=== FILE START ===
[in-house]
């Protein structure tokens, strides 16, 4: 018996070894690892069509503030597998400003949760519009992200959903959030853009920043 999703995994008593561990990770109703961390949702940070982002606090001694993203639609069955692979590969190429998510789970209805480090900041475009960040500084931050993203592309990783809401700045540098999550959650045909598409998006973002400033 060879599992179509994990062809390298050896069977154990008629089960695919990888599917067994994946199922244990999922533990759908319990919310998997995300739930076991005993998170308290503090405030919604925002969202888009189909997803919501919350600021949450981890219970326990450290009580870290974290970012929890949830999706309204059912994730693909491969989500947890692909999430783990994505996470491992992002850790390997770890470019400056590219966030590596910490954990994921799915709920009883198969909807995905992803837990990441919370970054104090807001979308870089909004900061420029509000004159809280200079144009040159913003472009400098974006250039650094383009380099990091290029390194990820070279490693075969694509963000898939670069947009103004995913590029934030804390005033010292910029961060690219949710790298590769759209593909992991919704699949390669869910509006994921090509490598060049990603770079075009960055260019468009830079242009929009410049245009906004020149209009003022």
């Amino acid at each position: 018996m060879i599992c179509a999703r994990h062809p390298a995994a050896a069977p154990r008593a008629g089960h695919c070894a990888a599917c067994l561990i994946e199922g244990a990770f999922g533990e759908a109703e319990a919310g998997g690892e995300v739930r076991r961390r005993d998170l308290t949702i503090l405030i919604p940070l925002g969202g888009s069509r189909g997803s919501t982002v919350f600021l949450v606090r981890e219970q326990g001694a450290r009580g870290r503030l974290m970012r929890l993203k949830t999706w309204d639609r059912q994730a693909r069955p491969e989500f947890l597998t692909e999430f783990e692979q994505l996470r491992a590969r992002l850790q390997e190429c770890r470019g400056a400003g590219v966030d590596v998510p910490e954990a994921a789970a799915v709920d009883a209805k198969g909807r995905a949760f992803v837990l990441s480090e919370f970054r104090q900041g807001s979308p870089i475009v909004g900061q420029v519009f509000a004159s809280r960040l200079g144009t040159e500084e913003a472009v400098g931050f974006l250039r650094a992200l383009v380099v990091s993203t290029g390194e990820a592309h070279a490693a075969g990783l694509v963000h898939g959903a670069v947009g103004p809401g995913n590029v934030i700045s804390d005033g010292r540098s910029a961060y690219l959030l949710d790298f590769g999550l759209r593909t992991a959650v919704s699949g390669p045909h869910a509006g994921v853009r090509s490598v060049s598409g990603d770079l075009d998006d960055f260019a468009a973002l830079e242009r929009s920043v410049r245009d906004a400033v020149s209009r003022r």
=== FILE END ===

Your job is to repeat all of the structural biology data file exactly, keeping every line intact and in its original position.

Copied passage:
[in-house]
């Protein structure tokens, strides 16, 4: 018996070894690892069509503030597998400003949760519009992200959903959030853009920043 999703995994008593561990990770109703961390949702940070982002606090001694993203639609069955692979590969190429998510789970209805480090900041475009960040500084931050993203592309990783809401700045540098999550959650045909598409998006973002400033 060879599992179509994990062809390298050896069977154990008629089960695919990888599917067994994946199922244990999922533990759908319990919310998997995300739930076991005993998170308290503090405030919604925002969202888009189909997803919501919350600021949450981890219970326990450290009580870290974290970012929890949830999706309204059912994730693909491969989500947890692909999430783990994505996470491992992002850790390997770890470019400056590219966030590596910490954990994921799915709920009883198969909807995905992803837990990441919370970054104090807001979308870089909004900061420029509000004159809280200079144009040159913003472009400098974006250039650094383009380099990091290029390194990820070279490693075969694509963000898939670069947009103004995913590029934030804390005033010292910029961060690219949710790298590769759209593909992991919704699949390669869910509006994921090509490598060049990603770079075009960055260019468009830079242009929009410049245009906004020149209009003022």
């Amino acid at each position: 018996m060879i599992c179509a999703r994990h062809p390298a995994a050896a069977p154990r008593a008629g089960h695919c070894a990888a599917c067994l561990i994946e199922g244990a990770f999922g533990e759908a109703e319990a919310g998997g690892e995300v739930r076991r961390r005993d998170l308290t949702i503090l405030i919604p940070l925002g969202g888009s069509r189909g997803s919501t982002v919350f600021l949450v606090r981890e219970q326990g001694a450290r009580g870290r503030l974290m970012r929890l993203k949830t999706w309204d639609r059912q994730a693909r069955p491969e989500f947890l597998t692909e999430f783990e692979q994505l996470r491992a590969r992002l850790q390997e190429c770890r470019g400056a400003g590219v966030d590596v998510p910490e954990a994921a789970a799915v709920d009883a209805k198969g909807r995905a949760f992803v837990l990441s480090e919370f970054r104090q900041g807001s979308p870089i475009v909004g900061q420029v519009f509000a004159s809280r960040l200079g144009t040159e500084e913003a472009v400098g931050f974006l250039r650094a992200l383009v380099v990091s993203t290029g390194e990820a592309h070279a490693a075969g990783l694509v963000h898939g959903a670069v947009g103004p809401g995913n590029v934030i700045s804390d005033g010292r540098s910029a961060y690219l959030l949710d790298f590769g999550l759209r593909t992991a959650v919704s699949g390669p045909h869910a509006g994921v853009r090509s490598v060049s598409g990603d770079l075009d998006d960055f260019a468009a973002l830079e242009r929009s920043v410049r245009d906004a400033v020149s209009r003022r």